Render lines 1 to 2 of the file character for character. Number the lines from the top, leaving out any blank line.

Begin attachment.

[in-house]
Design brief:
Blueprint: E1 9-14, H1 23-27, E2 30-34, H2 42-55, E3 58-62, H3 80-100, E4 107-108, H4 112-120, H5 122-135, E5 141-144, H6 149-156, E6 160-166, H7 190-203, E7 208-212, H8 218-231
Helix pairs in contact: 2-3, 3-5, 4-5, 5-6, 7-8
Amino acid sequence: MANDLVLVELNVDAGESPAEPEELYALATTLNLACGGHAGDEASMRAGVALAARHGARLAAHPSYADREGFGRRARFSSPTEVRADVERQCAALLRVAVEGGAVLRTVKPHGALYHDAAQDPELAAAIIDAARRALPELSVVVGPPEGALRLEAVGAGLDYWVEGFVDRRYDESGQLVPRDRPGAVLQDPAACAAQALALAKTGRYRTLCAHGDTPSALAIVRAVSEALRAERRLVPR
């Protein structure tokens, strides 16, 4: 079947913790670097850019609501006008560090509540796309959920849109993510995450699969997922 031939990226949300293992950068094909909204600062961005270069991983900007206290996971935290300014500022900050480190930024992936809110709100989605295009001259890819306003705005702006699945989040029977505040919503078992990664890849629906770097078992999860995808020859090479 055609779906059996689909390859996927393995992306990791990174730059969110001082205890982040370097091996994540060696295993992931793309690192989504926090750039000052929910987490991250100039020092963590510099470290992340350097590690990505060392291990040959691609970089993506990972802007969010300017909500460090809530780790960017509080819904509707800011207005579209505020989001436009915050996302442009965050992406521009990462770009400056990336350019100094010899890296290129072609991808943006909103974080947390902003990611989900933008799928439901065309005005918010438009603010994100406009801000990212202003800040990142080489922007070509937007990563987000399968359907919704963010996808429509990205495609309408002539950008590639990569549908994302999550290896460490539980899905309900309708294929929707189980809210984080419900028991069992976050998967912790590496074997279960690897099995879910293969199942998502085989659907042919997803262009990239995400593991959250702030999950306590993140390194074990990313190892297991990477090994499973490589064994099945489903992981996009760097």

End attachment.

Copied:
[in-house]
Design brief: